MELBOURNE, Australia – Australian state Victoria’s acting premier James Merlino has slammed the federal government’s new videos on consent and respectful relationships, describing them as “confusing”, “cringeworthy”, and “terrible”.
“I was pretty disappointed. It was confusing. It was cringeworthy, and it just did not hit the mark,” Merlino, who is also the state’s education minister, said.
“The feedback I’ve heard from students is they’re confused about what it’s even trying to say. It’s a fail, and it’s not a resource that I’ll be recommending to Victorian schools.”
He even tweeted about the video where he claimed that such content does not belong in the classrooms.
“But one thing’s for sure – that cringeworthy milkshake video and the other confusing materials produced by the Commonwealth don’t belong in our classrooms. They belong in the bin. Our kids deserve better than this rubbish that makes zero sense,” read the tweet.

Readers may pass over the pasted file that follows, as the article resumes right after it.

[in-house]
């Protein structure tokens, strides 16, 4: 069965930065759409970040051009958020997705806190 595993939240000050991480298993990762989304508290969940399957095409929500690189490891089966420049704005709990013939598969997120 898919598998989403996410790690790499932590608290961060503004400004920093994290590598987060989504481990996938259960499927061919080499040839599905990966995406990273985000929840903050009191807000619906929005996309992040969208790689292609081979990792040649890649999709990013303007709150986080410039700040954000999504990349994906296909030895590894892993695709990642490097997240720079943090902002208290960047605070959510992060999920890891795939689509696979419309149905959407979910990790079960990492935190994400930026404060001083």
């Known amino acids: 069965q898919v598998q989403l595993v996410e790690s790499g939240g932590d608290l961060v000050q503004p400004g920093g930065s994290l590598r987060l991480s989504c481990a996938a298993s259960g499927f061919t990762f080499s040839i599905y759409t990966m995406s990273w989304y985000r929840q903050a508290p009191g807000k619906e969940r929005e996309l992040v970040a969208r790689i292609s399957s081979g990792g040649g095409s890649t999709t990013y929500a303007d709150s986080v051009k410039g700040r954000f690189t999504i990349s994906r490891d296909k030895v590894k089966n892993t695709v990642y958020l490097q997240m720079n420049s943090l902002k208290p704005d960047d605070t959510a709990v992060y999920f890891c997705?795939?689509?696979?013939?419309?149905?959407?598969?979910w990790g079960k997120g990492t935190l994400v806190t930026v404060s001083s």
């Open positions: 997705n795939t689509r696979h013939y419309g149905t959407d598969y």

Merlino singled out one of the videos entitled ‘Moving the line’, which is designed to teach Year 10 to 12 students about consent.
In it, a young woman encourages her boyfriend to try her milkshake before smearing it over his face.
“It’s just a funny game, Bailey. I know you really like my milkshake,” she says in the video.
“I just stopped watching it. It was terrible,” Merlino said.
“The best thing is for the Commonwealth to do is acknowledge, ‘Yep, we didn’t get that right, and we’re going to redo those resources because they’re just no good.”
Other obscure demonstrations in the videos include a man with a spear gun attempting to coerce his female partner concerned about sharks to swim at a beach and a man eating a taco in reference to sexual assault.
Respectful relationships education has been included in the Victorian school curriculum since 2016.
This month, components on consent became compulsory in all primary and secondary government schools.
Merlino says the “nation-leading” program should be rolled out nationwide.
In a statement to announce the new website on April 14, federal Education Minister Alan Tudge claims that the new resources were part of a program developed in conjunction with Our Watch, the eSafety Commissioner, the Foundation for Young Australians, and other groups.
But Our Watch and the Foundation for Young Australians claimed they had not reviewed or endorsed any of the materials.
(Edited by Vaibhav Vishwanath Pawar and Pallavi Mehra)
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